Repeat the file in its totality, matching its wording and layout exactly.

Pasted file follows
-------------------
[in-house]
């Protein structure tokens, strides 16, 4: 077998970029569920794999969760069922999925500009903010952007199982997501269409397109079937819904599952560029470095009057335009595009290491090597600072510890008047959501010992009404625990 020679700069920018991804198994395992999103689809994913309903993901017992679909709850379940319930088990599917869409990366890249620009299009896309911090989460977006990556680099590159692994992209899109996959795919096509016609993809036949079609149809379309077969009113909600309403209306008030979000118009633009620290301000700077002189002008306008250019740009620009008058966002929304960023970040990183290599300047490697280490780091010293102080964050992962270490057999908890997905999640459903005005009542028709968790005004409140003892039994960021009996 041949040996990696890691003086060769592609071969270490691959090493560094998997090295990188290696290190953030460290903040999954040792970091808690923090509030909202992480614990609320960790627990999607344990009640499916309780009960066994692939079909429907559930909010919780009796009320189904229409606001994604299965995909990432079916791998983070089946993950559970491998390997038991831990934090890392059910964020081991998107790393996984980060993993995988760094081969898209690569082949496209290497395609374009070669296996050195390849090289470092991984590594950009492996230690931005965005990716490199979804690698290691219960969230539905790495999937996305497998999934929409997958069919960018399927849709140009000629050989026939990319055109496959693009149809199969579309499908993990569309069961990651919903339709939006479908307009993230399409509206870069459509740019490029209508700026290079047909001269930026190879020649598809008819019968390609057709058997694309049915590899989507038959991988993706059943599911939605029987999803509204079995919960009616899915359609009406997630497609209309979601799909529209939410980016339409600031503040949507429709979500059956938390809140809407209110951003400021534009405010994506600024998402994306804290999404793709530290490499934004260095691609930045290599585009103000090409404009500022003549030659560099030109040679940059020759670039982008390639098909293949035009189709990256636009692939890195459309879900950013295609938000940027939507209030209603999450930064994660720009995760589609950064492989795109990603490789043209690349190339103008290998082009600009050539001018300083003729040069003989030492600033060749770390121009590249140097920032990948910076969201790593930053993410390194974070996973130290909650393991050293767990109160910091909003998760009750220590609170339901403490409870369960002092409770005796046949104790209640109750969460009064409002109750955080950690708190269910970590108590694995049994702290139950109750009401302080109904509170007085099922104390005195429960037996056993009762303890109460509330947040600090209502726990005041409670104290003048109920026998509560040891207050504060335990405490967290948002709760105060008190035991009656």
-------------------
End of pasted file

[in-house]
């Protein structure tokens, strides 16, 4: 077998970029569920794999969760069922999925500009903010952007199982997501269409397109079937819904599952560029470095009057335009595009290491090597600072510890008047959501010992009404625990 020679700069920018991804198994395992999103689809994913309903993901017992679909709850379940319930088990599917869409990366890249620009299009896309911090989460977006990556680099590159692994992209899109996959795919096509016609993809036949079609149809379309077969009113909600309403209306008030979000118009633009620290301000700077002189002008306008250019740009620009008058966002929304960023970040990183290599300047490697280490780091010293102080964050992962270490057999908890997905999640459903005005009542028709968790005004409140003892039994960021009996 041949040996990696890691003086060769592609071969270490691959090493560094998997090295990188290696290190953030460290903040999954040792970091808690923090509030909202992480614990609320960790627990999607344990009640499916309780009960066994692939079909429907559930909010919780009796009320189904229409606001994604299965995909990432079916791998983070089946993950559970491998390997038991831990934090890392059910964020081991998107790393996984980060993993995988760094081969898209690569082949496209290497395609374009070669296996050195390849090289470092991984590594950009492996230690931005965005990716490199979804690698290691219960969230539905790495999937996305497998999934929409997958069919960018399927849709140009000629050989026939990319055109496959693009149809199969579309499908993990569309069961990651919903339709939006479908307009993230399409509206870069459509740019490029209508700026290079047909001269930026190879020649598809008819019968390609057709058997694309049915590899989507038959991988993706059943599911939605029987999803509204079995919960009616899915359609009406997630497609209309979601799909529209939410980016339409600031503040949507429709979500059956938390809140809407209110951003400021534009405010994506600024998402994306804290999404793709530290490499934004260095691609930045290599585009103000090409404009500022003549030659560099030109040679940059020759670039982008390639098909293949035009189709990256636009692939890195459309879900950013295609938000940027939507209030209603999450930064994660720009995760589609950064492989795109990603490789043209690349190339103008290998082009600009050539001018300083003729040069003989030492600033060749770390121009590249140097920032990948910076969201790593930053993410390194974070996973130290909650393991050293767990109160910091909003998760009750220590609170339901403490409870369960002092409770005796046949104790209640109750969460009064409002109750955080950690708190269910970590108590694995049994702290139950109750009401302080109904509170007085099922104390005195429960037996056993009762303890109460509330947040600090209502726990005041409670104290003048109920026998509560040891207050504060335990405490967290948002709760105060008190035991009656």